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Rio Tinto announces new $3.2 billion share buyback, stock rises

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By Barbara Lewis and Chandini M

(Reuters) – Global miner Rio Tinto will return $3.2 billion (2.42 billion pounds) to shareholders from its sale of Australian coal assets this year in addition to existing buyback programmes, it said on Thursday.

The news helped to drive Rio Tinto’s London share price <RIO.L> nearly 2 percent higher by 0927 GMT and pushed up the Australian listing <RIO.AX> by 3.5 percent.

Across the mining sector, a trend to hand money back to shareholders has gathered steam following a recovery from the mining and commodity crash of 2015-16 and pressure from investors not to waste growing piles of cash on buying up assets that may never deliver returns.

In its latest move, Rio Tinto, which has already returned more money to shareholders than its peers, said it will conduct an off-market share buyback for up to 41.2 million shares in its Australian entity Rio Tinto Ltd, worth about $1.9 billion, and further on-market purchases of London’s Rio Tinto plc shares, bringing the total to $3.2 billion.

Previous buybacks have favoured the London arm of the dual-structured company but industry sources said it balanced out over time.

Rio Tinto had already announced plans in August for a $4 billion buyback.

“Returning $3.2 billion of coal disposal proceeds demonstrates our commitment to capital discipline and providing sector-leading shareholder returns,” Rio Tinto Chief Executive Jean-Sebastien Jacques said in a statement on Thursday.

The funds come from the proceeds of Rio Tinto’s exit from coal.

Early this year, it sold the Hail Creek coal mine and Valeria coal project to Glencore <GLEN.L>, Winchester South to Whitehaven Coal <WHC.AX> and the Kestrel coal mine to private equity manager EMR Capital and Indonesia’s Adaro Energy Tbk <ADRO.JK>. In total, the assets raised $4.15 billion. [nL8N1R94HZ]

Jason Teh, chief investment officer of Sydney-based Vertium Asset Management, said the buyback would be taken favourably by the market, adding that there could be more to come.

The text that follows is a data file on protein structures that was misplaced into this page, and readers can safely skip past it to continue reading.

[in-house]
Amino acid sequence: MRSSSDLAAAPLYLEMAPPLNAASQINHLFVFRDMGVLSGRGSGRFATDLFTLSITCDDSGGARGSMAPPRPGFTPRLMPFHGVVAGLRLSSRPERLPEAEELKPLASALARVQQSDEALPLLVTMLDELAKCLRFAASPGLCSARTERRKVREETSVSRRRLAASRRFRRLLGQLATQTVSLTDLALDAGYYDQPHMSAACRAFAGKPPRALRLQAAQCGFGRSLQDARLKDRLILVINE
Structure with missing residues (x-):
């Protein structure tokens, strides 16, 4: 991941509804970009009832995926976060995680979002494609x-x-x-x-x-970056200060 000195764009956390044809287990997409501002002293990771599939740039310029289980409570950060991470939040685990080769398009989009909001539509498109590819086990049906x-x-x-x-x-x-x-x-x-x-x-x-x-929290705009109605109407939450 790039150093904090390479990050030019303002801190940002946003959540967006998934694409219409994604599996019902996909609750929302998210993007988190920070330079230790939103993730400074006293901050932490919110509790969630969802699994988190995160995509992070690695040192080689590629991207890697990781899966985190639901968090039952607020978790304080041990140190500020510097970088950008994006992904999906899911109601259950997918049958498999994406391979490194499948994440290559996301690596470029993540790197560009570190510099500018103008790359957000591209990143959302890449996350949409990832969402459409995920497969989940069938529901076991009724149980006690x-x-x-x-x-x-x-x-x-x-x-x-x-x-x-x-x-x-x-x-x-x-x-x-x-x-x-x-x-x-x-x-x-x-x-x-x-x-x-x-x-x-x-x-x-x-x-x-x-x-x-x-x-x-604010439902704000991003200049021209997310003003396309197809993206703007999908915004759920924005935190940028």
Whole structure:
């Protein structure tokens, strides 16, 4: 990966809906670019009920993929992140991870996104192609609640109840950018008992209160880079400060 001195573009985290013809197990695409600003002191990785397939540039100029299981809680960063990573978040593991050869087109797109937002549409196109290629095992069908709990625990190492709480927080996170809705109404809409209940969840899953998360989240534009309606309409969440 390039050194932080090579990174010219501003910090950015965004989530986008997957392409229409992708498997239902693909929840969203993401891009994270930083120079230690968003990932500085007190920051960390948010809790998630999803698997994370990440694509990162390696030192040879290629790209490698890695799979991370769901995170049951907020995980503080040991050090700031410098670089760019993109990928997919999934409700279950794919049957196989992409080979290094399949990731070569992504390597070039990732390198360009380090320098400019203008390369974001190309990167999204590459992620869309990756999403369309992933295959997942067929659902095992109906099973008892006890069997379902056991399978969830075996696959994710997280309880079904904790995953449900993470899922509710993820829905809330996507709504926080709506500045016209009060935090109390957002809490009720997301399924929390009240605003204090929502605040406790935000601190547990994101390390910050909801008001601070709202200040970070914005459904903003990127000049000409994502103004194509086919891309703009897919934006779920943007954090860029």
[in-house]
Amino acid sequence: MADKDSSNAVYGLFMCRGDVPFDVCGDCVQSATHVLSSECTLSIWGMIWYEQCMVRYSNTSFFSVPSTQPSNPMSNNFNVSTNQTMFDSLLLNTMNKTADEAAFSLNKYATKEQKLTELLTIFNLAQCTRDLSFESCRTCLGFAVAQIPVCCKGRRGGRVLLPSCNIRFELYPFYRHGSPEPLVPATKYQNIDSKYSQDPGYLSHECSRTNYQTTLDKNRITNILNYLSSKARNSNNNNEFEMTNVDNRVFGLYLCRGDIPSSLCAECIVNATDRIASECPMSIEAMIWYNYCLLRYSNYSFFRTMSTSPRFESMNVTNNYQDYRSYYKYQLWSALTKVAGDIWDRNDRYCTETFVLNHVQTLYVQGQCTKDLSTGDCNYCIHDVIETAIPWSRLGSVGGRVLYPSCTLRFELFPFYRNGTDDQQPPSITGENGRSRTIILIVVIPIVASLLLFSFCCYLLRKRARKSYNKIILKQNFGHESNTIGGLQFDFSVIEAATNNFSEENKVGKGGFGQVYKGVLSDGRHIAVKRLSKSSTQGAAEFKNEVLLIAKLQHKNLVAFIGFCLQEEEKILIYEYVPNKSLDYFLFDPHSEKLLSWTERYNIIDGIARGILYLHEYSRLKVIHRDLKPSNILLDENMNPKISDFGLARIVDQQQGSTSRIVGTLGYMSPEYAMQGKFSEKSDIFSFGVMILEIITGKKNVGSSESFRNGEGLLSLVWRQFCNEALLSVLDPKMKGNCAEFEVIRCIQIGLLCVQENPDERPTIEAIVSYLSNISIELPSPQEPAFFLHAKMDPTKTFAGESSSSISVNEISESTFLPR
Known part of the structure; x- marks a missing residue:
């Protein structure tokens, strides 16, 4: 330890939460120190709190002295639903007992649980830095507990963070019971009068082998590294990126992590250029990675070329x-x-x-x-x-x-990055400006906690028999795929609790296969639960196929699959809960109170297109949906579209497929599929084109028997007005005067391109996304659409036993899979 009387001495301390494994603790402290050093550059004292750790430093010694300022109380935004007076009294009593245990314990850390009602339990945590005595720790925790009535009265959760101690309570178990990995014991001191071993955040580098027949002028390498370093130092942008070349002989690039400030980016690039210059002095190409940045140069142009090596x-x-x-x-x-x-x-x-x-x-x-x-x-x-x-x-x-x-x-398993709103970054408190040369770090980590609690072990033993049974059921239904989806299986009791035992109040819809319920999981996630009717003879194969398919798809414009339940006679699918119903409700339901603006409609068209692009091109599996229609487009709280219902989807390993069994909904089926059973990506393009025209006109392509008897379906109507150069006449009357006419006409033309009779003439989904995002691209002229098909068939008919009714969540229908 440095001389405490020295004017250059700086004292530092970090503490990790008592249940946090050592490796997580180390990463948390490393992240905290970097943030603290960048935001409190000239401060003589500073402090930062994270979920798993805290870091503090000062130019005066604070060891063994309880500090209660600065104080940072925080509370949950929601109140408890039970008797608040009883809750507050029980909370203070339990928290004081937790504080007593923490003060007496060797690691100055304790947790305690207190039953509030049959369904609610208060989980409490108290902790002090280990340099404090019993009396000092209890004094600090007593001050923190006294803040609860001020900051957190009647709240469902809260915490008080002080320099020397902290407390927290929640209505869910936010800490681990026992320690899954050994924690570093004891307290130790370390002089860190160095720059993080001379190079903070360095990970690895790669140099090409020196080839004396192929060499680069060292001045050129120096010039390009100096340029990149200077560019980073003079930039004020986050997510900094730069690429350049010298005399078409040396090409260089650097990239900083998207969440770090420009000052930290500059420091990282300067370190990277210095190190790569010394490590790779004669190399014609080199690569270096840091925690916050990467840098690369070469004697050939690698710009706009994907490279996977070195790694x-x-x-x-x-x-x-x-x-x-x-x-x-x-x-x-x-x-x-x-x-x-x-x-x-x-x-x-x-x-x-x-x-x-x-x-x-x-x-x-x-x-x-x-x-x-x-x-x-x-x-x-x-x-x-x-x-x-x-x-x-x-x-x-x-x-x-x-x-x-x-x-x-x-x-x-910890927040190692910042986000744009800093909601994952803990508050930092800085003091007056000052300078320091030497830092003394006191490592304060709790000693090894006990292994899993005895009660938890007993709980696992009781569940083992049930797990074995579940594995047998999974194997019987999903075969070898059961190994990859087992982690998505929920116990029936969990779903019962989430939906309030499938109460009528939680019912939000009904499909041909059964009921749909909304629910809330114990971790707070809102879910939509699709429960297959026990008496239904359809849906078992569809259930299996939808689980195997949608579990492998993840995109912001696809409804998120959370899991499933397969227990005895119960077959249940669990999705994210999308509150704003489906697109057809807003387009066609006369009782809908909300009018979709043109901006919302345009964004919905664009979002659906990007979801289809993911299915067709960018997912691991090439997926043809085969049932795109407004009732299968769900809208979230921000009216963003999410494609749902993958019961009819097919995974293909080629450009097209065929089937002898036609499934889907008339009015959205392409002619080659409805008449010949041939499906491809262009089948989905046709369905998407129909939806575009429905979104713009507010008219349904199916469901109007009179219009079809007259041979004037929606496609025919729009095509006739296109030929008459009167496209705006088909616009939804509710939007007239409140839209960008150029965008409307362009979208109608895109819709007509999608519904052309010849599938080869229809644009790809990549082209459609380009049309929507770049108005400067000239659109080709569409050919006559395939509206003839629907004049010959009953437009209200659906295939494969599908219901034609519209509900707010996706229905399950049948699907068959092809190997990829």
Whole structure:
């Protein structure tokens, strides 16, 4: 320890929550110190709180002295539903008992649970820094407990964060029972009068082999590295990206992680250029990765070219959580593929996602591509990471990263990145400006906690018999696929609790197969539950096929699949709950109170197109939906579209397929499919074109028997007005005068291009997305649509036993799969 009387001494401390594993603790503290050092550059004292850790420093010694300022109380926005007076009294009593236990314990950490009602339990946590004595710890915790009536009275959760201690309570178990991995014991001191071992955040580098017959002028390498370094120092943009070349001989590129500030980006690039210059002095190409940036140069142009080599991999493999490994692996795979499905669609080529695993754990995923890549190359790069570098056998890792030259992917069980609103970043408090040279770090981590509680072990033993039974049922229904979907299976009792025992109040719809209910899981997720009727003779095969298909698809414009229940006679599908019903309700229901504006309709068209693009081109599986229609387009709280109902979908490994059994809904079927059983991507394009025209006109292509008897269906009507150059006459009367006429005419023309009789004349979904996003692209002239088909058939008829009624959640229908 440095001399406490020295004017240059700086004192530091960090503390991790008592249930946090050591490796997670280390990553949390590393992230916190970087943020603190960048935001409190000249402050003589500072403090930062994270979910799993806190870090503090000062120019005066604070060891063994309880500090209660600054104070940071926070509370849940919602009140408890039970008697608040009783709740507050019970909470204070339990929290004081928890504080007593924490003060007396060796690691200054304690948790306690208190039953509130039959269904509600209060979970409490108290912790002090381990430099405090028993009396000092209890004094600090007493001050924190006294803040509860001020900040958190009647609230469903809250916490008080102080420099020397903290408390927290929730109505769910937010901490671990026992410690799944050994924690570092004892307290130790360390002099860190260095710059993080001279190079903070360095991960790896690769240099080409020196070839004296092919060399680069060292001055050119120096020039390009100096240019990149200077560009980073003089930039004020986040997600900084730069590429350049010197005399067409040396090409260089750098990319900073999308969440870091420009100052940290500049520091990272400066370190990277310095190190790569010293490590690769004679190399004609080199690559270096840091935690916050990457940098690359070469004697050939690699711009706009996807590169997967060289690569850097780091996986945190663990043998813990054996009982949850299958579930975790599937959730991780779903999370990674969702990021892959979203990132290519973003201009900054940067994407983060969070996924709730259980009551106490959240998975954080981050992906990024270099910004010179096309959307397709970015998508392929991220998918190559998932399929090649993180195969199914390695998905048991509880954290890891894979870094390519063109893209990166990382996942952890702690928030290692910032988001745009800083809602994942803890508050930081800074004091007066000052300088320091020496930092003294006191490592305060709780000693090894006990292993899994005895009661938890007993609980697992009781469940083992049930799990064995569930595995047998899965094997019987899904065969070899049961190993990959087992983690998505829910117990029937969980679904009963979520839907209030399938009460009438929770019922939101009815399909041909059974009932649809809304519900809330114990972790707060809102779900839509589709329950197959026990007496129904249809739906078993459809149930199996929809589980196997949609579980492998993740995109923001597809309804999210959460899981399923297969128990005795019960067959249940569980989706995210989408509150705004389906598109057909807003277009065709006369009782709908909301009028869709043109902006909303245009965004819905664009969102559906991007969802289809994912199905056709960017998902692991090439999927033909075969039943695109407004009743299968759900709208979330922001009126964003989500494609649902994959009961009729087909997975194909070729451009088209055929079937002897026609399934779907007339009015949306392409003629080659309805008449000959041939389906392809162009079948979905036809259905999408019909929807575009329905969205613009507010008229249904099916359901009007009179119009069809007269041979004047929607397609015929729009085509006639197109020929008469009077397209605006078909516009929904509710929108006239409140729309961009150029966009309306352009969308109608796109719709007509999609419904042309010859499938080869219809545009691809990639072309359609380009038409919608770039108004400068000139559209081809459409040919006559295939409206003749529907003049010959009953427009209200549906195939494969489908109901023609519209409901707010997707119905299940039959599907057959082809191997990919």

“Because their balance sheet is in such a pristine state, every time they do an asset sale they are normally just returning proceeds back to shareholders,” he said.

Jacques said the focus would remain on managing the company’s portfolio to get rid of assets that did not provide the best returns over time.

Rio Tinto has agreed to sell copper assets in Indonesia to Freeport-McMoRan Inc <FCX.N> as part of a series of complex deals. It is unclear when that sale will be completed.

Norsk Hydro <NHY.OL> and Rio announced last week they had dropped a plan for Hydro to buy Rio Tinto assets, including an aluminium plant in Iceland, after approval from European regulators took longer than expected.

Rio’s sale of its Dunkirk aluminium smelter in northern France announced in January has also yet to be finalised.

BMO Capital Markets said in a note Rio’s buybacks amounted to a shareholder return well ahead of its peers and the company was its “top pick” among the diversified majors, but would eventually have to find other options to drive value, including possible acquisitions.

Big miners have been struggling to find good assets to buy and even Glencore <GLEN.L>, renowned for adventurous merger and acquisition activity, has said it will focus on buybacks.

(Additional reporting by and Melanie Burton in Melbourne; editing by Richard Pullin and Adrian Croft)

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